In general, refers to a company's total sales less cost of sales and operating expenses, including interest and income tax.
A measure of profit that
equals sales revenue for the period minus cost-of-goods-sold expense
and all operating expenses—but before deducting interest and income
tax expenses. It is a measure of the operating profit of a business before
considering the cost of its debt capital and income tax.
A financial measure defined as revenues less cost of goods sold
and selling, general, and administrative expenses. In other words, operating and non-operating profit before
the deduction of interest and income taxes.
Earnings before interest and taxes (EBIT)
The operating profit before deducting interest and tax.
Earnings before interest, taxes, depreciation and amortization (EBITDA)
The operating profit before deducting interest, tax, depreciation and amortization.
Earnings Before Interest, Taxes, Depreciation, and Amortization (EBITDA)
An earningsbased measure that, for many, serves as a surrogate for cash flow. Actually consists of working
capital provided by operations before interest and taxes.
Earnings per Share
A measure of the earnings generated by a company on a per
share basis. It is calculated by dividing income available for
distribution to shareholders by the number of common shares
Earnings per share (EPS)
EPS, as it is called, is a company's profit divided by its number of outstanding
shares. If a company earned $2 million in one year had 2 million shares of stock outstanding, its EPS would
be $1 per share. The company often uses a weighted average of shares outstanding over the reporting term.
earnings per share (EPS)
See basic earnings per share and diluted earnings per share.
Earnings per share of common stock
How much profit a company made on each share of common stock this year.
Earnings retention ratio
Positive or negative differences from the consensus forecast of earnings by institutions
such as First Call or IBES. Negative earnings surprises generally have a greater adverse affect on stock prices
than the reciprocal positive earnings surprise on stock prices.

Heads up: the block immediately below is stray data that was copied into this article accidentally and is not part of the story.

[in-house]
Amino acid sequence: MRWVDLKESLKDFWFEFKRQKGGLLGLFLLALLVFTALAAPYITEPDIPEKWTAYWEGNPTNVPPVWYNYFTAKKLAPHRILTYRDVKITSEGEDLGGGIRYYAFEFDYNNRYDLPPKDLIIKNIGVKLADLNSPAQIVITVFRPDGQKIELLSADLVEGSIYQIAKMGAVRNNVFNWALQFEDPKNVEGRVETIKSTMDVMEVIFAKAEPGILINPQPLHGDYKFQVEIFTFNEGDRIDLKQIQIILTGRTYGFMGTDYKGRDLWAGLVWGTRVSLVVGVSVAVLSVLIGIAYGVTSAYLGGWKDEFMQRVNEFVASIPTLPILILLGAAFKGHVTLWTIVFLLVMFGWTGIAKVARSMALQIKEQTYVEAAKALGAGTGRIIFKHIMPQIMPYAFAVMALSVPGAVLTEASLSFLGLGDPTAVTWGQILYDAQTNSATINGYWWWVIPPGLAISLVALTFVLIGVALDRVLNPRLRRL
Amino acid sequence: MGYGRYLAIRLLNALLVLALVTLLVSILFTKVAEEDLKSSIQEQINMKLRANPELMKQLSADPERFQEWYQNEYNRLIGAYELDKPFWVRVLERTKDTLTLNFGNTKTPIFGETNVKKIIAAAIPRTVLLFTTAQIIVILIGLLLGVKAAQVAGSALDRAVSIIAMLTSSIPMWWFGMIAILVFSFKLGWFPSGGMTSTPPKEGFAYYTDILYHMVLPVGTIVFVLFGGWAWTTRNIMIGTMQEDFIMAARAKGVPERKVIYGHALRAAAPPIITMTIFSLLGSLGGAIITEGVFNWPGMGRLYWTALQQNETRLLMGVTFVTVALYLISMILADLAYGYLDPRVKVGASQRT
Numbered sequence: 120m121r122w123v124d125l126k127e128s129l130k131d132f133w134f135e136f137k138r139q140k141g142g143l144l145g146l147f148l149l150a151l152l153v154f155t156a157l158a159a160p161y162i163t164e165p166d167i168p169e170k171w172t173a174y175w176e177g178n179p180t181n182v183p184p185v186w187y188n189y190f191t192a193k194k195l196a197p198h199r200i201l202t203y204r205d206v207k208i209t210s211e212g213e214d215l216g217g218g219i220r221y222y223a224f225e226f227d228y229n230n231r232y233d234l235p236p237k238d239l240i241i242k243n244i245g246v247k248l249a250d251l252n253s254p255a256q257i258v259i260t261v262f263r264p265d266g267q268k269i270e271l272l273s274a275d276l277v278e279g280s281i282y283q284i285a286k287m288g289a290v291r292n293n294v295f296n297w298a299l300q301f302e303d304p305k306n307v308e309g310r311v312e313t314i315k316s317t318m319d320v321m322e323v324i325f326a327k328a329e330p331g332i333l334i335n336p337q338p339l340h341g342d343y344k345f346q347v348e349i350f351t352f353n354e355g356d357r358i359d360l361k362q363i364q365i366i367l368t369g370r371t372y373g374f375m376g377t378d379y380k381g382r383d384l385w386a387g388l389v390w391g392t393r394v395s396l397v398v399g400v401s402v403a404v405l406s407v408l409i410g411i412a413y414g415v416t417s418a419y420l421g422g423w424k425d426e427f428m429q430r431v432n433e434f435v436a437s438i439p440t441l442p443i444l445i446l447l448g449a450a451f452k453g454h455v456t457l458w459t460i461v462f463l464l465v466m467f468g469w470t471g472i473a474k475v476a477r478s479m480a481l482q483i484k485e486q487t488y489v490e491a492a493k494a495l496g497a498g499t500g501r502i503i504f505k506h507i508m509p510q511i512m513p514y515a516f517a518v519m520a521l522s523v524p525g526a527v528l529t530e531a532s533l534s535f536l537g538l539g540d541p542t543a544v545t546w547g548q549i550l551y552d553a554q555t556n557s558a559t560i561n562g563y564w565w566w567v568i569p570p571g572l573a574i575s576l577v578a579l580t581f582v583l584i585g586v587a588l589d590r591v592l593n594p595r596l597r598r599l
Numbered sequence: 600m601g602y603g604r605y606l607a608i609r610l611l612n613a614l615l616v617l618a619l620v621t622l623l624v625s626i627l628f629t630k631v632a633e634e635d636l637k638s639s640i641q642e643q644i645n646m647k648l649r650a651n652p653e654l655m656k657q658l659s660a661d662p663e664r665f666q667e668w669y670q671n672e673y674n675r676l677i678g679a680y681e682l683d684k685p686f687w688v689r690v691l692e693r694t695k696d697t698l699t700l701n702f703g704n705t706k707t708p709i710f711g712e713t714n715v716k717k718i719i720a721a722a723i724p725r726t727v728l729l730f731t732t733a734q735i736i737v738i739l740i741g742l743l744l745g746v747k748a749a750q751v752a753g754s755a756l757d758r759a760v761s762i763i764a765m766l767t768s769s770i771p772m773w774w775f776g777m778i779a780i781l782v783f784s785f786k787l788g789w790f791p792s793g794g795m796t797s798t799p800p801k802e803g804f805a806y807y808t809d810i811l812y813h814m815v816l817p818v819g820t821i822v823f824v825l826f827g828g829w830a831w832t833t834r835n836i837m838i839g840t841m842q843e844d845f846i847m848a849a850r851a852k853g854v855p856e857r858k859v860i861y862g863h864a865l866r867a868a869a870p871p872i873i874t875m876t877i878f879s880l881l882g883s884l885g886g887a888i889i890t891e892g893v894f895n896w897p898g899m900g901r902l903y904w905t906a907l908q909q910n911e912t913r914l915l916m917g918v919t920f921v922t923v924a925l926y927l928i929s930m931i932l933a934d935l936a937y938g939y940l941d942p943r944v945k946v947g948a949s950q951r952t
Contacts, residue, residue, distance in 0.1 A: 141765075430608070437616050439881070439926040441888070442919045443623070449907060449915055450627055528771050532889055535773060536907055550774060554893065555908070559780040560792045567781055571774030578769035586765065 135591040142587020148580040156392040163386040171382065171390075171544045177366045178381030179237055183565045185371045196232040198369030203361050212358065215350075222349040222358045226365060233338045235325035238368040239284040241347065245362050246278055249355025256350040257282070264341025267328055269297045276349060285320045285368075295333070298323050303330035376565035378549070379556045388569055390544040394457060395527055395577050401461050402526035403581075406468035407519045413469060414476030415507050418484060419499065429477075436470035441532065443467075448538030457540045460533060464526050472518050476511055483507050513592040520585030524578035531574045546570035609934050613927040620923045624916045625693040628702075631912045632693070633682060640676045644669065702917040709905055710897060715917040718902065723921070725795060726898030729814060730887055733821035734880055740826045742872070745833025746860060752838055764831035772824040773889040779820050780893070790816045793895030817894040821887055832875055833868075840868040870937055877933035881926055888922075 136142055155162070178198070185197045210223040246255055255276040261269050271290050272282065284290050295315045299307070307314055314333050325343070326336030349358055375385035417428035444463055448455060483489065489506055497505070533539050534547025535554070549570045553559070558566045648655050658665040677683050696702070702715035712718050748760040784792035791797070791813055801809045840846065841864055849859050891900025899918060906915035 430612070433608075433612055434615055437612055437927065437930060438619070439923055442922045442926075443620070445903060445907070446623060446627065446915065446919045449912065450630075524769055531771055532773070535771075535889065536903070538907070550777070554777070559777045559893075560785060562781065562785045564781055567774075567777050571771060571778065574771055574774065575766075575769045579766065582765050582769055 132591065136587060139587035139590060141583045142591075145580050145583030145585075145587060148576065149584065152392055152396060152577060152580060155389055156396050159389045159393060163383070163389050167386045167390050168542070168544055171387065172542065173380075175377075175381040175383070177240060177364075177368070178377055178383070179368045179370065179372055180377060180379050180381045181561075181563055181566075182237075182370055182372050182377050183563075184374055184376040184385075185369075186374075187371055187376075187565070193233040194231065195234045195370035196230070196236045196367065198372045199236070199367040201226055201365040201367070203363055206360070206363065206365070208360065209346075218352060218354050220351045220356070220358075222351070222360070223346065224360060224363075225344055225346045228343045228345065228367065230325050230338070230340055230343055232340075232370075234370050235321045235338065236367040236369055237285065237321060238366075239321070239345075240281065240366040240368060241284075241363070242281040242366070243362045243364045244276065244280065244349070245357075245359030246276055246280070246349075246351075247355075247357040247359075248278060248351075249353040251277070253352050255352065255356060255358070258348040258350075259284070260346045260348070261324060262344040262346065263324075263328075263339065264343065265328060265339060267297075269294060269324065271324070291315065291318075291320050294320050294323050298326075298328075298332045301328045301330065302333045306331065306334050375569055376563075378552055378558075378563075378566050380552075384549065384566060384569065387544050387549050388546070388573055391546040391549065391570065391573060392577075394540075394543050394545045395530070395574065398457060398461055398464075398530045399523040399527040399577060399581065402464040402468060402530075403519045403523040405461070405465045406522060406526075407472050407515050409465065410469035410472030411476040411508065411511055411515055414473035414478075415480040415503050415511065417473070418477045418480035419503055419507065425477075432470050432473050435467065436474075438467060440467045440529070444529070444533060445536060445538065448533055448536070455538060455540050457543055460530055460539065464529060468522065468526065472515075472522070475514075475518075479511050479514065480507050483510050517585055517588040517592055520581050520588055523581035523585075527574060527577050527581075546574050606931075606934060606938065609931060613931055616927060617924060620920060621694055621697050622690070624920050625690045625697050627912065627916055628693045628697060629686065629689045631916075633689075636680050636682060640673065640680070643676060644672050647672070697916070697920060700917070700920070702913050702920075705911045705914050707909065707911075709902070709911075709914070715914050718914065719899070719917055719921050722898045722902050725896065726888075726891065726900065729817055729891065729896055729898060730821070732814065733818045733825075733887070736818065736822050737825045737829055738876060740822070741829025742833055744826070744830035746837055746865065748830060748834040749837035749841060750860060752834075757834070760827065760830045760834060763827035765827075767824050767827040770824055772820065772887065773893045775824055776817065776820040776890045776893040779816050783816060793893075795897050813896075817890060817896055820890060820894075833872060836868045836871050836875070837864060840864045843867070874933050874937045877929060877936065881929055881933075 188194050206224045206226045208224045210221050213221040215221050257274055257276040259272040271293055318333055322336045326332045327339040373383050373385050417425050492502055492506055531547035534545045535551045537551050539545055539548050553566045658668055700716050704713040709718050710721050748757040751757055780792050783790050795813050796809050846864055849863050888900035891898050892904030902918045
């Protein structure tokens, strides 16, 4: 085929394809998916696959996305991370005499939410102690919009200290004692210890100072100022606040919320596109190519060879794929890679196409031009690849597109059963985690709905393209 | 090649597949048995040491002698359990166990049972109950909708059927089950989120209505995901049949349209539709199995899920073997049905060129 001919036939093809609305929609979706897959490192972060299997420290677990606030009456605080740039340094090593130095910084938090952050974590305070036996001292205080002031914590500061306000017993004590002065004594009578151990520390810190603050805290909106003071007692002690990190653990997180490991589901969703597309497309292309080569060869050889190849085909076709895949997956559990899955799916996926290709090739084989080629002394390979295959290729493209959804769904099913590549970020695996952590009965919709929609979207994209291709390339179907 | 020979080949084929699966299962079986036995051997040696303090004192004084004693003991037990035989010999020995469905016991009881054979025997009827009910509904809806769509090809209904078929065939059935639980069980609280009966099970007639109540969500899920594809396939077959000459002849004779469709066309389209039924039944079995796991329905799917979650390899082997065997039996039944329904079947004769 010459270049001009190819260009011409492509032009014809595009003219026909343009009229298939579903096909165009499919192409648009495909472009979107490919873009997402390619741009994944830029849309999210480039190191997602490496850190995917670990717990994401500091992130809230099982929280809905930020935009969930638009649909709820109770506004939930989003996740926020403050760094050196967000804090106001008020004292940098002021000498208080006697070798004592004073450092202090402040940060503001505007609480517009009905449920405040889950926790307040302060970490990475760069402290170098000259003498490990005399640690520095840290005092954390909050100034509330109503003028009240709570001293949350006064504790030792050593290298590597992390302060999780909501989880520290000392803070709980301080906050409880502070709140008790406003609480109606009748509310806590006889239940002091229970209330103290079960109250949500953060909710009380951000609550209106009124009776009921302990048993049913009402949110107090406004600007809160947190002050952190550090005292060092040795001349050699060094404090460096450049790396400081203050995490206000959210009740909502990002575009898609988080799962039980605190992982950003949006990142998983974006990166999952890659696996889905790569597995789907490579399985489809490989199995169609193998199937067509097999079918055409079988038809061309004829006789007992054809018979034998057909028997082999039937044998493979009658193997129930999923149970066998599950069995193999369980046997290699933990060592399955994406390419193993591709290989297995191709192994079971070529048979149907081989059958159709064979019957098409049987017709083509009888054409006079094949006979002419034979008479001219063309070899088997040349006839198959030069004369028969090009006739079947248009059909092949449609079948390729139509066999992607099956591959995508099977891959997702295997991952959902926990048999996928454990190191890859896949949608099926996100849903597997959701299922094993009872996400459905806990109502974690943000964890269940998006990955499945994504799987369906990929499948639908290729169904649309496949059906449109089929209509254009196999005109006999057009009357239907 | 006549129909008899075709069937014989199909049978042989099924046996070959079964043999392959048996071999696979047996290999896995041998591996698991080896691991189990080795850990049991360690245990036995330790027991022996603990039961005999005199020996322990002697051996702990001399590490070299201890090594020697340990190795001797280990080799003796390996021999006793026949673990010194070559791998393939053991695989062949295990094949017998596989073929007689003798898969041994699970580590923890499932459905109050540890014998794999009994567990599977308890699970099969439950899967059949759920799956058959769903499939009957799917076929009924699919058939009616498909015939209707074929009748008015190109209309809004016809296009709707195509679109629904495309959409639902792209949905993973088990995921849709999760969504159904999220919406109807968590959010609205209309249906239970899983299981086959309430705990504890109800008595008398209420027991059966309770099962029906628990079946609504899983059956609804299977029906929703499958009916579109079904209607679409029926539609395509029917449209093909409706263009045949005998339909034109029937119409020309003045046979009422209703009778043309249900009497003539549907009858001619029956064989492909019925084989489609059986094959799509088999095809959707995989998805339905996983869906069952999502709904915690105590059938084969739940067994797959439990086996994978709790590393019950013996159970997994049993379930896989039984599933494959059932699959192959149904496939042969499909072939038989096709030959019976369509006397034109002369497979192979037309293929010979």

The ratio of earnings per share after allowing for tax and interest payments on fixed interest
debt, to the current share price. The inverse of the price/earnings ratio. It's the Total Twelve Months earnings
divided by number of outstanding shares, divided by the recent price, multiplied by 100. The end result is
shown in percentage.
EBBS - Earnings before the bad stuff
An acronym attributed to a member of the Securities and
Exchange Commission staff. The reference is to earnings that have been heavily adjusted to
remove a wide range of nonrecurring, nonoperating, and noncash items.
EBDDT - Earnings before depreciation and deferred taxes
This measure is used principally by
firms in the real estate industry, with the exception of real estate investment trusts, which typically
do not pay taxes.
The real flow of cash that a firm could pay out forever in the absence of any change in
the firm's productive capacity.
Fully diluted earnings per shares
earnings per share expressed as if all outstanding convertible securities
and warrants have been exercised.
Low price-earnings ratio effect
The tendency of portfolios of stocks with a low price-earnings ratio to
outperform portfolios consisting of stocks with a high price-earnings ratio.
net income (also called the bottom line, earnings, net earnings, and net
This key figure equals sales revenue for a period
less all expenses for the period; also, any extraordinary gains and losses
for the period are included in this final profit figure. Everything is taken
into account to arrive at net income, which is popularly called the bottom
line. Net income is clearly the single most important number in business
A term frequently used to describe earnings after the removal of the
effects of nonrecurring or nonoperating items.
Operational Earnings Management